Jesus Navas scored a dramatic late winner as Spain produced a nervy and unconvincing performance to qualify for the quarter-finals of Euro 2012.
The Seville winger walked in Andres Iniesta's clever pass two minutes from time to break Croatia hearts and ensure the champions top Group C.
"Spain taking Fernando Torres off with half an hour left was a bit of a risk for the manager but it paid off because the substitute Jesus Navas scored the goal. There was a gap in the Croatian defence for the first time and I think Iniesta and Navas were both onside. But Spain weren't brilliant, and if I was in the England squad, I wouldn't be worried watching that."
Spain had come within a single goal of leaving the tournament but ultimately it was Croatia who missed out.
The world champions could face England, France or Ukraine in the last eight.
The landscape of the group might have been so different had Croatia scored the goal they had threatened to for long periods of the second half, however.
On a night of tension and frustration in Gdansk, Slaven Bilic's men stretched their more celebrated opponents time and again with Luka Modric tormenting the Spanish midfield with a vibrant, menacing performance.
The Tottenham Hotspur midfielder created the best chance of the match for Croatia on the hour mark, finding Ivan Rakitic from a scintillating cross delivered with the outside of his right boot which the Seville midfielder could only head directly at Spain goalkeeper Ilker Casillas.
Spain march on, however, now unbeaten in 17 competitive matches. But this was a performance that epitomised their faltering progress here: style but no substance, beauty but no brawn, panache but no penetration.
Much of the talk before the game had centred on Italy's fear that Spain and Croatia would contrive a 2-2 draw - a result that would have ensured both teams qualified for the quarter-finals at the Azzurri's expense. But at no stage did either side look capable of mustering two goals.
Bilic, in his last match as Croatia coach, had sent his side out intent on showing discipline and total determination to resist the mesmerising quality of Spain's football.
And for much of the opening 45 minutes, Croatia were outpassed, if not outclassed. But they stood firm, with the twin towers of Vedran Corluka and Gordon Schildenfeld at the heart of the defence epitomising Croatia's spirit and refusal to yield.
They could not, though, prevent Xavi from gradually getting Spain moving. Fernando Torres saw a fierce low shot turned away by Stipe Pletikosa after 22 minutes before David Silva and Iniesta twice almost linked up to devastating effect.
But for all their possession, Bilic's plan to stifle Spain was working and as the half wore on mistakes began to creep into the defending champions' normally flawless passing game.
Croatia were quick to pounce on the scraps, testing Casillas from Daniel Pranjic's low shot. There were vehement protests when the tireless Mario Mandzukic burst clear of Ramos and Pique, only for the Real Madrid defender to clatter into the Croatia striker on the right of the penalty area.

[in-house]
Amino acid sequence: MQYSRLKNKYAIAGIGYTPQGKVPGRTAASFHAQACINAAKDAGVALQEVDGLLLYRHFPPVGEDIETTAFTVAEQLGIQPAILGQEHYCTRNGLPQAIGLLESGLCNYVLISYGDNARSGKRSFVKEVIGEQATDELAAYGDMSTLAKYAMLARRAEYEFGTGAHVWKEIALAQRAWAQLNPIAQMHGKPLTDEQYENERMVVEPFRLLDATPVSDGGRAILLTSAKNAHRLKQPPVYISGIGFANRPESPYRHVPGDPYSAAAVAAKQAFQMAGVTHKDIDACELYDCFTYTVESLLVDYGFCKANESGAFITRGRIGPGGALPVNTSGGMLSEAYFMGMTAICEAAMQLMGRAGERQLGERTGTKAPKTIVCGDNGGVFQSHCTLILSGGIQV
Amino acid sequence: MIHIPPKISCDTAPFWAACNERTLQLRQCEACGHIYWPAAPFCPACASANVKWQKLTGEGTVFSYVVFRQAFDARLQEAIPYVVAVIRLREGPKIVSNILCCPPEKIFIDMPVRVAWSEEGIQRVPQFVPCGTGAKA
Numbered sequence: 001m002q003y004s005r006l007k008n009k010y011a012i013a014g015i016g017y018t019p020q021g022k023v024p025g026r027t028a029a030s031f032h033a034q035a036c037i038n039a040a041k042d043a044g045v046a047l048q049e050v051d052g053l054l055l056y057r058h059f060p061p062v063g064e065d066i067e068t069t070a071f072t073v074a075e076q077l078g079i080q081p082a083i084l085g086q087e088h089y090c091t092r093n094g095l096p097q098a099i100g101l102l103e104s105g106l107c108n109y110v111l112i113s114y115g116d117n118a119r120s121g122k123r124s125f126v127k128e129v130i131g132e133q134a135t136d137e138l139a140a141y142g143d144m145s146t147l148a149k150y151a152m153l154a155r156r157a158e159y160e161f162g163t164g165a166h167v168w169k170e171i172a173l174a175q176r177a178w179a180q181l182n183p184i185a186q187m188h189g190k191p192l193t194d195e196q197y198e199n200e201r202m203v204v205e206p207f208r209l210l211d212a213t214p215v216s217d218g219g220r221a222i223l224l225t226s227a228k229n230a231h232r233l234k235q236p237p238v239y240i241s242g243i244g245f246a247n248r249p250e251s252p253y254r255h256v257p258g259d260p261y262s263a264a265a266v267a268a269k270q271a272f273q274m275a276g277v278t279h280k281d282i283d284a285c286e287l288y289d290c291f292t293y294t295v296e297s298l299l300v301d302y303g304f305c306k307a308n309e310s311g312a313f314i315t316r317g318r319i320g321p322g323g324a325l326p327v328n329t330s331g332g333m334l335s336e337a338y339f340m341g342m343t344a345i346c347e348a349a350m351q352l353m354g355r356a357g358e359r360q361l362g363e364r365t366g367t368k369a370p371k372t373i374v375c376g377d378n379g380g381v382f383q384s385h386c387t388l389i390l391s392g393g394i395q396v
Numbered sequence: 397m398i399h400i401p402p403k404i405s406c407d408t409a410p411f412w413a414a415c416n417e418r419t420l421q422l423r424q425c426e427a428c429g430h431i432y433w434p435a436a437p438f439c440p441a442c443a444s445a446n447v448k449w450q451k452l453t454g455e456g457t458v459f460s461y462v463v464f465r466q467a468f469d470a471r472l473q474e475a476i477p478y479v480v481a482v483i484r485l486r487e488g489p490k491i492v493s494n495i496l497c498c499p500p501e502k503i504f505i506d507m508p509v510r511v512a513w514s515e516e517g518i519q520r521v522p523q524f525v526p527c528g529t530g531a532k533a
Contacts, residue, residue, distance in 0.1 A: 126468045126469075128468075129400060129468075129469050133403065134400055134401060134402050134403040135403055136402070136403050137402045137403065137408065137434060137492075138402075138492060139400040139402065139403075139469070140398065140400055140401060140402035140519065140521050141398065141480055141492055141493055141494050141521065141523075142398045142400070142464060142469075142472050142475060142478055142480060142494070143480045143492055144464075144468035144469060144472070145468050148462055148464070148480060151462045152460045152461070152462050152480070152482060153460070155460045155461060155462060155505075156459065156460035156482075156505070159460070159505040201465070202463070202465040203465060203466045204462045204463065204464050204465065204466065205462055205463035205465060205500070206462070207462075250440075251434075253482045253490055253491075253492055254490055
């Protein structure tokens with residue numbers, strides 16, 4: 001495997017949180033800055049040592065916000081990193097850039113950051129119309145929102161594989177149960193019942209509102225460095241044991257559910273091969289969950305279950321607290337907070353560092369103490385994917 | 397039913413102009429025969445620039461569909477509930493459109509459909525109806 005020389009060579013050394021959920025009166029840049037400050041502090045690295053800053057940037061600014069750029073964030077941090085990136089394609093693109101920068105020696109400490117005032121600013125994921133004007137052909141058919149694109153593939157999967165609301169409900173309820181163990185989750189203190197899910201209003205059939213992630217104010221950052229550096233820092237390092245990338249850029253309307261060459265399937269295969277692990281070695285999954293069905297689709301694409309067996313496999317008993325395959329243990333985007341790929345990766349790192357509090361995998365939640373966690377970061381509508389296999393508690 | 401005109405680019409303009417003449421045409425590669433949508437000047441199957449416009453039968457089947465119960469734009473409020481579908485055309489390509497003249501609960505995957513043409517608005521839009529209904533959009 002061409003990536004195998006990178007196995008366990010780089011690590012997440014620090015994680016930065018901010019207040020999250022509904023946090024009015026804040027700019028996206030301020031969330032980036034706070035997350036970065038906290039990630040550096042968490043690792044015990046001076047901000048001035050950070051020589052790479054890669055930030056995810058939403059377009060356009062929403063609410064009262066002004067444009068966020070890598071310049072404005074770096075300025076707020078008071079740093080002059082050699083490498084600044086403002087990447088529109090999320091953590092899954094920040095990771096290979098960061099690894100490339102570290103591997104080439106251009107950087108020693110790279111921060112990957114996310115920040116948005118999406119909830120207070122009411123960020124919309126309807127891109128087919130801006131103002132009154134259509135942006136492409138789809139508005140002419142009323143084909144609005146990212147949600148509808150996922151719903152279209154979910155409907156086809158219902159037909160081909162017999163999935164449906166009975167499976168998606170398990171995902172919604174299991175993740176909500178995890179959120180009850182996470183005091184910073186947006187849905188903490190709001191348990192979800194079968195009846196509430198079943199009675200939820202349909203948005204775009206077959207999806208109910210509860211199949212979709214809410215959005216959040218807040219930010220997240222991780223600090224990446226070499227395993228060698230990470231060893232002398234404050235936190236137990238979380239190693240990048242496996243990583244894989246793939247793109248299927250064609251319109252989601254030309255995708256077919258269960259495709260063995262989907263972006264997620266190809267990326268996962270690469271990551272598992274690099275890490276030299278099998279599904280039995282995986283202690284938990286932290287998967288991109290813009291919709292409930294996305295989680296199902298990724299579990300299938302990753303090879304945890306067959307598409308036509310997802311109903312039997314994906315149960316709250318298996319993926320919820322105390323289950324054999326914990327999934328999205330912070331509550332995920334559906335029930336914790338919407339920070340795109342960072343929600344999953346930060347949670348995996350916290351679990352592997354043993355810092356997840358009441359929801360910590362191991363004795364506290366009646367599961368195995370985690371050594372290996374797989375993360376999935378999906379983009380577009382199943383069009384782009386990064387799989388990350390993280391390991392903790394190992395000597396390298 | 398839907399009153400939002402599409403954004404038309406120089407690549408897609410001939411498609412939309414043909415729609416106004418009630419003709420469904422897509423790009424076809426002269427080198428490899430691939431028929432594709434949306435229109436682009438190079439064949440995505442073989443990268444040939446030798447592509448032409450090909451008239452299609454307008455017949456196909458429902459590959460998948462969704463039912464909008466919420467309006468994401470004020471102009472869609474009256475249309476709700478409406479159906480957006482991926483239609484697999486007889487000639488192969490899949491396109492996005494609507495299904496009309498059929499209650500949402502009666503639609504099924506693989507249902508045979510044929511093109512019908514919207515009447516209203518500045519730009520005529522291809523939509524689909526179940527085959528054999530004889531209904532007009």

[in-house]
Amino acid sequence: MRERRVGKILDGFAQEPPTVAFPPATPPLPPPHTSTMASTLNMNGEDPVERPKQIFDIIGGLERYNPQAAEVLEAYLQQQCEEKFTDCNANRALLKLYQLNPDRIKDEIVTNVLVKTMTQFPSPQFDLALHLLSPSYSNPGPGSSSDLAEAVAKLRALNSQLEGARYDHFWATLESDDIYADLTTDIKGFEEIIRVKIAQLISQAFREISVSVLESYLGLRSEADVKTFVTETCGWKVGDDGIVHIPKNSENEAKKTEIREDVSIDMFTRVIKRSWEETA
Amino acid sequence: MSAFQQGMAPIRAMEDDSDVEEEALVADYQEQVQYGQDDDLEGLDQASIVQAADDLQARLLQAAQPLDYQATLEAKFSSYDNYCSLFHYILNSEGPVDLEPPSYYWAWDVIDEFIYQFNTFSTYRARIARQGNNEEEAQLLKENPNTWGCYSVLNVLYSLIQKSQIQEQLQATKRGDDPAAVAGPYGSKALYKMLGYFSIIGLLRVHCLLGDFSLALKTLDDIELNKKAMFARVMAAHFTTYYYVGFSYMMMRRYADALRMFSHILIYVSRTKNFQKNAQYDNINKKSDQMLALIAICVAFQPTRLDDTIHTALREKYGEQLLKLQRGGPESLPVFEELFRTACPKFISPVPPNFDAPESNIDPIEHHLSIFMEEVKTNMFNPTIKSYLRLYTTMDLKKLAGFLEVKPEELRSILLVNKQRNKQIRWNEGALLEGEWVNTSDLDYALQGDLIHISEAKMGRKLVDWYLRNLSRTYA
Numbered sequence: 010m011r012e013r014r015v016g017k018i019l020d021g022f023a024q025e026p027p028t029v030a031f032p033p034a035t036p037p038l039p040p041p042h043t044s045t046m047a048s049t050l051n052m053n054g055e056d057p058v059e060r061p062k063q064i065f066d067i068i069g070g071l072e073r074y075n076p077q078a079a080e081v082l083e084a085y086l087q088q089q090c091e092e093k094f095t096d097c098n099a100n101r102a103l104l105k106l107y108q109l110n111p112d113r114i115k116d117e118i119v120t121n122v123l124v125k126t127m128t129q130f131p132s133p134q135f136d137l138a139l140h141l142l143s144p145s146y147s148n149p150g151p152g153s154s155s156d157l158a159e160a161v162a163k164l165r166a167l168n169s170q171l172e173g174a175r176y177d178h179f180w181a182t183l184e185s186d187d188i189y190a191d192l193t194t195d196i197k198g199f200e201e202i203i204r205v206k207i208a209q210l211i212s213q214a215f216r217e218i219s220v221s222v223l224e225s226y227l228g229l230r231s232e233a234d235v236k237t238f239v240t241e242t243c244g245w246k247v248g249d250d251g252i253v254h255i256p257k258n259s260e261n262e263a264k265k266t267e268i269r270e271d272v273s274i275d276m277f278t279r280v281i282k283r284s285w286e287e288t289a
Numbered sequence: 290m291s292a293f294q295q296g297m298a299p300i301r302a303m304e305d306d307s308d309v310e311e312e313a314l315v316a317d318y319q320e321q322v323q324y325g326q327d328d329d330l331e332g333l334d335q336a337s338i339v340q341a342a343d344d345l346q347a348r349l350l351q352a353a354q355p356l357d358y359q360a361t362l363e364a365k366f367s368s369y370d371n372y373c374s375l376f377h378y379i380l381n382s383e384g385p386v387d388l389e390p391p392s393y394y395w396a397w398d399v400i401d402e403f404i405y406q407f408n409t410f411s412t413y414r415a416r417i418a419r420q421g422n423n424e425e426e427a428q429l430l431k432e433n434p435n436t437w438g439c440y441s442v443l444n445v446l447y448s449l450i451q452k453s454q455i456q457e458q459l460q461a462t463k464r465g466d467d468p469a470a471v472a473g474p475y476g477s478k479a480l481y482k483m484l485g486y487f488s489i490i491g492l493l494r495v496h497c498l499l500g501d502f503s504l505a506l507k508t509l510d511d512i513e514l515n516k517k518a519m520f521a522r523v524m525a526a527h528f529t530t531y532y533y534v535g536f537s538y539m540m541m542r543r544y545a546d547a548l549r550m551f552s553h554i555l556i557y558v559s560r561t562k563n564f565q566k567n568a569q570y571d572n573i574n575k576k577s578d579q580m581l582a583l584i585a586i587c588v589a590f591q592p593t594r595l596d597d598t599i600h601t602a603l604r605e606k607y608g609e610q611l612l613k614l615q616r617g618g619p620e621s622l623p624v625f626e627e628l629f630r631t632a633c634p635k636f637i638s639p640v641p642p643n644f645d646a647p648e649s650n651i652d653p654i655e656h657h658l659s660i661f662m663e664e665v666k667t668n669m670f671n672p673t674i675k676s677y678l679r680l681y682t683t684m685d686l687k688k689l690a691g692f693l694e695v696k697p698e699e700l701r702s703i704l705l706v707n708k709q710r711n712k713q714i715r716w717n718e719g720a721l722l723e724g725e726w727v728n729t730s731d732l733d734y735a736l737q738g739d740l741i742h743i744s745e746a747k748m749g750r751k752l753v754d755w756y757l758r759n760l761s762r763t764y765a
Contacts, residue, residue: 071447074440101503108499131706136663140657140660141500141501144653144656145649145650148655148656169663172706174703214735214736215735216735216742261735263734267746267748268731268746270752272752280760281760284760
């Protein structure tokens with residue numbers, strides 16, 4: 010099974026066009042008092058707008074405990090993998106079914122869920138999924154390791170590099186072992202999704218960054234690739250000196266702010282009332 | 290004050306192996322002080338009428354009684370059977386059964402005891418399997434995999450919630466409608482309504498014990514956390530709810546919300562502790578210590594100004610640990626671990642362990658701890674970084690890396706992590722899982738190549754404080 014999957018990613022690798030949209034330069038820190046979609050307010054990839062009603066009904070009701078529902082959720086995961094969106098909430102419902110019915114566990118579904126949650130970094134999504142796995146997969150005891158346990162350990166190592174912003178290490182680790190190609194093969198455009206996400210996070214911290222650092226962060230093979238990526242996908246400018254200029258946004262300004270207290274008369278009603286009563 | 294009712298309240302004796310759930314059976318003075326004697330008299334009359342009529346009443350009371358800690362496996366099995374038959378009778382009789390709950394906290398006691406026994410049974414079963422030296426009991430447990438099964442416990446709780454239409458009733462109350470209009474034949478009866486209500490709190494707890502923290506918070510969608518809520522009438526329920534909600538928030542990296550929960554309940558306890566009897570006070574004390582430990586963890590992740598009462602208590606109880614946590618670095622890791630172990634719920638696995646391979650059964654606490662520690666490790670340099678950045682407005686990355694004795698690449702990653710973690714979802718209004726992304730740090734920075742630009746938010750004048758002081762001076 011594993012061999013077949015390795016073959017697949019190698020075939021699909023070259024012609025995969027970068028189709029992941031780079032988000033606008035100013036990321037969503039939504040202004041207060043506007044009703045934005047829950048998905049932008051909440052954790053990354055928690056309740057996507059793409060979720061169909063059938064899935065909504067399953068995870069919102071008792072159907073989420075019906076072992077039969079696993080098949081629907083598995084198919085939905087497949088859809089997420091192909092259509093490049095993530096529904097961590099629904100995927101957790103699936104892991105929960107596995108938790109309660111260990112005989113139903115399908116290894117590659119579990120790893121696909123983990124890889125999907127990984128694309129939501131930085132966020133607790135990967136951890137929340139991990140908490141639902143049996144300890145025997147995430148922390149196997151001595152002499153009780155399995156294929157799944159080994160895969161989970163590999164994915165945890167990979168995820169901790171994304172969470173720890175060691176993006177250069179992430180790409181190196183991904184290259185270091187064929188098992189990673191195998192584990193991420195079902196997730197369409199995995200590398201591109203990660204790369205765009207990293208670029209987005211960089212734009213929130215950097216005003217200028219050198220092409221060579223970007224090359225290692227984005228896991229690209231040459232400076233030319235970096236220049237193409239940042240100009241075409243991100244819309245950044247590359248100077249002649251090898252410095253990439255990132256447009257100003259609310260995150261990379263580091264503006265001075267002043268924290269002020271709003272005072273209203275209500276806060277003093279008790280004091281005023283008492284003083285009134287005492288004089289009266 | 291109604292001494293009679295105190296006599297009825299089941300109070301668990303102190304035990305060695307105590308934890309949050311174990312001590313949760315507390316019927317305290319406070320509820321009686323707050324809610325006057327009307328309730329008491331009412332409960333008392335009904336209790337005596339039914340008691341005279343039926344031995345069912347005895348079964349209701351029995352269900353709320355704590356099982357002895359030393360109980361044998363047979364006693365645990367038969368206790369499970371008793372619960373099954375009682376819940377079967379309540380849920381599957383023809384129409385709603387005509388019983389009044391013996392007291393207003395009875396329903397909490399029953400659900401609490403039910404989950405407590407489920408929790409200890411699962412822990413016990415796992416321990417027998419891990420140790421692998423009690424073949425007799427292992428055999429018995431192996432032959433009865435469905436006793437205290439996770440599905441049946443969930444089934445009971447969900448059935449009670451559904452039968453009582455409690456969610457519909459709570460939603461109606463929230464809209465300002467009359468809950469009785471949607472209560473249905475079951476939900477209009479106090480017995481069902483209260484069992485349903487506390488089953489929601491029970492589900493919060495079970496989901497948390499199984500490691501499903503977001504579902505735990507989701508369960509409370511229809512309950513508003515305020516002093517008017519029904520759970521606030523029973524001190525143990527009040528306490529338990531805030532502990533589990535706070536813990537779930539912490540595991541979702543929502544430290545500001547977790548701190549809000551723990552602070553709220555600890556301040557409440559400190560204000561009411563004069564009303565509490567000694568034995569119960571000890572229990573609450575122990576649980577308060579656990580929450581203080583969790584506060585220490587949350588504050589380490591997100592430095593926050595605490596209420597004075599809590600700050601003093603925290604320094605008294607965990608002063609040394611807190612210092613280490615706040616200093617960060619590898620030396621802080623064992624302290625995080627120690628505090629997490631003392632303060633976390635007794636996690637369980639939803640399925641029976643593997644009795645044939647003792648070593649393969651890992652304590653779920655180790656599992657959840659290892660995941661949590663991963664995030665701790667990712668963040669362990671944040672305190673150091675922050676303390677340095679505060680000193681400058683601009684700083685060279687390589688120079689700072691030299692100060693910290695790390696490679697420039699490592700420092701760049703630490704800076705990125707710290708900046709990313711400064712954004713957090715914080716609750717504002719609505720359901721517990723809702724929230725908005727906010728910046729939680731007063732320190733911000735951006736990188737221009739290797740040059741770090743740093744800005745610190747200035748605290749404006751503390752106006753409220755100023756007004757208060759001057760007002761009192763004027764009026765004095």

The referee waved away Croatia's penalty claims with Corluka booked for his protests.
News of an Italian goal shortly before half-time in Posnan changed things. Not only did Croatia now know they could no longer settle for a draw but now Spain's hopes of defending their trophy would, unthinkably, end if they conceded without reply.
Croatia were noticeably more progressive, competing for the ball in midfield and committing men forward in greater numbers. Modric skipped away from Spain's midfield trio from one such attack on the hour mark, to spark a move more fluid and threatening than anything they had produced until then.
The Tottenham playmaker evaded the attention of Jordi Alba and then Ramos, before picking out the unmarked Rakitic with a delightfully weighted cross that the Sevilla midfielder headed straight at Casillas from six yards. If Spanish hearts were in mouths then, the drama was to continue.
Bilic introduced Everton striker Nikica Jelavic and Borussia Dortmund's Ivan Perisic as Croatia pushed again and the pair linked up immediately only for the final pass to run astray. Spain were on the back foot now, prompting head coach Vincente Del Bosque to introduce Jesus Navas and former Arsenal midfielder Cesc Fabregas.
It was a decision that would alter the course of the game. Fabregas might have had his third goal of the tournament shortly after coming on and although substitute Ivan Perisic thumped a fierce low volley that Casillas turned away, Spain were looking increasingly dangerous as the game became stretched.
Sergio Busquets should have put Spain after a fluid counter-attack, while Fabregas freed Iniesta down the left of the penalty area only for Pletikosa to turn the ball away.
The Barcelona midfielders were at the heart of everything now as Croatia finally began to tire.
With three minutes remaining Spain finally found space. Again Fabregas was at the heart of things, scooping a delightful through-ball to Iniesta who brought the ball down on his chest, beat the off-side trap and squared to Navas who walked the ball towards goal, thumping it into the net from a yard out with a shot that spoke of Spain's frustration.
Croatia's players collapsed on the turf. For Spain the emotion was relief.
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